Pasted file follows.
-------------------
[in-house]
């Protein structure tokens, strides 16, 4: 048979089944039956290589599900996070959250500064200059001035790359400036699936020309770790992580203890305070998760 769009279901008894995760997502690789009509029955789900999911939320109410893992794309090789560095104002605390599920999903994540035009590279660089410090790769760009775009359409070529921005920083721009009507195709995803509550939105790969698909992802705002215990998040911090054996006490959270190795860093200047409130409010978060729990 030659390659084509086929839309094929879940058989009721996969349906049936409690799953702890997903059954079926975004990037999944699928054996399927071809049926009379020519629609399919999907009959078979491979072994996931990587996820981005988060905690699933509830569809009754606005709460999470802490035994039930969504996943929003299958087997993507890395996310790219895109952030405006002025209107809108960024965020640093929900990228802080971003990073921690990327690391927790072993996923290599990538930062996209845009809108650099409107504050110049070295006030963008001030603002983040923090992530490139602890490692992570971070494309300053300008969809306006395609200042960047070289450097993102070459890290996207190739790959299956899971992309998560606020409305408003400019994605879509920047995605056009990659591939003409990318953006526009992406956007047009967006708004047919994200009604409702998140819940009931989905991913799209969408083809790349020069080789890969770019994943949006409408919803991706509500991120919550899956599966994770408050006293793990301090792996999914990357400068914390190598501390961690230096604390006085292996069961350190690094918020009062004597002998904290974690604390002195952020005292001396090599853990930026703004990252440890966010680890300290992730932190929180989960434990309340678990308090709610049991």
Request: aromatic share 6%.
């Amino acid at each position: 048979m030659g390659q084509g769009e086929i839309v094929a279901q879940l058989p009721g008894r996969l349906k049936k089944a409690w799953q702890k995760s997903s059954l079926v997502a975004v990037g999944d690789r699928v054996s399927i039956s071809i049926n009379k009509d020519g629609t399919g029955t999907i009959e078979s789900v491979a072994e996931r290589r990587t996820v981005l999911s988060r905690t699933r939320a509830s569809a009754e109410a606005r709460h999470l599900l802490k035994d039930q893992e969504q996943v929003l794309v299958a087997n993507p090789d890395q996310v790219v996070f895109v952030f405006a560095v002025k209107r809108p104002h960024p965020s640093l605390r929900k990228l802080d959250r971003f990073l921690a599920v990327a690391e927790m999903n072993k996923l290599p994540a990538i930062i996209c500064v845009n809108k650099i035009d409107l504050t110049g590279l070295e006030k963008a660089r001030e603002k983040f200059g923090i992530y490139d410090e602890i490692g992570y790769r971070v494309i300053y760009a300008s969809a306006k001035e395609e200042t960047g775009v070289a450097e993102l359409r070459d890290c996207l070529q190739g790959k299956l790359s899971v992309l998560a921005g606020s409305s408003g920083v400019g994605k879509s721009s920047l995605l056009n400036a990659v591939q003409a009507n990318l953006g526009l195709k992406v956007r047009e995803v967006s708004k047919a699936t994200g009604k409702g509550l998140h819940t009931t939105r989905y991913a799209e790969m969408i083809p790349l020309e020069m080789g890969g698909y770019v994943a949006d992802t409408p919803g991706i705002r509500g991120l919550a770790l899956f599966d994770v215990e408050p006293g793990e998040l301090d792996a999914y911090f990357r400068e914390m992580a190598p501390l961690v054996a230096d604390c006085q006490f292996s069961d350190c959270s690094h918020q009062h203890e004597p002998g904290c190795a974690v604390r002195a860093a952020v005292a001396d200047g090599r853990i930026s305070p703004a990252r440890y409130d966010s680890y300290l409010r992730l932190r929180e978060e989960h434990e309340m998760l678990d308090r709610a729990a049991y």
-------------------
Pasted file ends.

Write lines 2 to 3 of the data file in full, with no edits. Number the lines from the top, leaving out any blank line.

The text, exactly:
């Protein structure tokens, strides 16, 4: 048979089944039956290589599900996070959250500064200059001035790359400036699936020309770790992580203890305070998760 769009279901008894995760997502690789009509029955789900999911939320109410893992794309090789560095104002605390599920999903994540035009590279660089410090790769760009775009359409070529921005920083721009009507195709995803509550939105790969698909992802705002215990998040911090054996006490959270190795860093200047409130409010978060729990 030659390659084509086929839309094929879940058989009721996969349906049936409690799953702890997903059954079926975004990037999944699928054996399927071809049926009379020519629609399919999907009959078979491979072994996931990587996820981005988060905690699933509830569809009754606005709460999470802490035994039930969504996943929003299958087997993507890395996310790219895109952030405006002025209107809108960024965020640093929900990228802080971003990073921690990327690391927790072993996923290599990538930062996209845009809108650099409107504050110049070295006030963008001030603002983040923090992530490139602890490692992570971070494309300053300008969809306006395609200042960047070289450097993102070459890290996207190739790959299956899971992309998560606020409305408003400019994605879509920047995605056009990659591939003409990318953006526009992406956007047009967006708004047919994200009604409702998140819940009931989905991913799209969408083809790349020069080789890969770019994943949006409408919803991706509500991120919550899956599966994770408050006293793990301090792996999914990357400068914390190598501390961690230096604390006085292996069961350190690094918020009062004597002998904290974690604390002195952020005292001396090599853990930026703004990252440890966010680890300290992730932190929180989960434990309340678990308090709610049991």
Request: aromatic share 6%.